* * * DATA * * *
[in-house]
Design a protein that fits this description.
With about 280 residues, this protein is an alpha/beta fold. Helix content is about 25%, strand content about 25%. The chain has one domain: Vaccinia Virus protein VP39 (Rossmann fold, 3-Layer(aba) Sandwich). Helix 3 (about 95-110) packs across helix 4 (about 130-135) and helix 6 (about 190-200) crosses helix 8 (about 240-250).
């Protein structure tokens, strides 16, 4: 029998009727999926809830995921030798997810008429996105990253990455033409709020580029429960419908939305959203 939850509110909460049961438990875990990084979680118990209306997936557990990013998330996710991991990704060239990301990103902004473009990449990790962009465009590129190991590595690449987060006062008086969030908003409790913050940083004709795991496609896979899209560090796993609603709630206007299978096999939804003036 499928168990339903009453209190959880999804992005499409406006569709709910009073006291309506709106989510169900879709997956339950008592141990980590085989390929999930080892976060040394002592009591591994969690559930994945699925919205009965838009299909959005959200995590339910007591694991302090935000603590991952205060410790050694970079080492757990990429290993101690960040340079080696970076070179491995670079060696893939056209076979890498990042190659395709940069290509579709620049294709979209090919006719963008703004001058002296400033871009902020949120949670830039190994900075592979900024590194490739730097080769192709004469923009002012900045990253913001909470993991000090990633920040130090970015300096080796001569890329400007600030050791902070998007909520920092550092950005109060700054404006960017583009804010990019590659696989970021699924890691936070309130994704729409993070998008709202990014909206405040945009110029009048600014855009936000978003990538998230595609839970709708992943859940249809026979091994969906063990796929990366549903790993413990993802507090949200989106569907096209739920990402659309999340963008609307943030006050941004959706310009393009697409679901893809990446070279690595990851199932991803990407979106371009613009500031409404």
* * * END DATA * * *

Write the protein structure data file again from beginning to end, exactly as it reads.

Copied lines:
[in-house]
Design a protein that fits this description.
With about 280 residues, this protein is an alpha/beta fold. Helix content is about 25%, strand content about 25%. The chain has one domain: Vaccinia Virus protein VP39 (Rossmann fold, 3-Layer(aba) Sandwich). Helix 3 (about 95-110) packs across helix 4 (about 130-135) and helix 6 (about 190-200) crosses helix 8 (about 240-250).
């Protein structure tokens, strides 16, 4: 029998009727999926809830995921030798997810008429996105990253990455033409709020580029429960419908939305959203 939850509110909460049961438990875990990084979680118990209306997936557990990013998330996710991991990704060239990301990103902004473009990449990790962009465009590129190991590595690449987060006062008086969030908003409790913050940083004709795991496609896979899209560090796993609603709630206007299978096999939804003036 499928168990339903009453209190959880999804992005499409406006569709709910009073006291309506709106989510169900879709997956339950008592141990980590085989390929999930080892976060040394002592009591591994969690559930994945699925919205009965838009299909959005959200995590339910007591694991302090935000603590991952205060410790050694970079080492757990990429290993101690960040340079080696970076070179491995670079060696893939056209076979890498990042190659395709940069290509579709620049294709979209090919006719963008703004001058002296400033871009902020949120949670830039190994900075592979900024590194490739730097080769192709004469923009002012900045990253913001909470993991000090990633920040130090970015300096080796001569890329400007600030050791902070998007909520920092550092950005109060700054404006960017583009804010990019590659696989970021699924890691936070309130994704729409993070998008709202990014909206405040945009110029009048600014855009936000978003990538998230595609839970709708992943859940249809026979091994969906063990796929990366549903790993413990993802507090949200989106569907096209739920990402659309999340963008609307943030006050941004959706310009393009697409679901893809990446070279690595990851199932991803990407979106371009613009500031409404």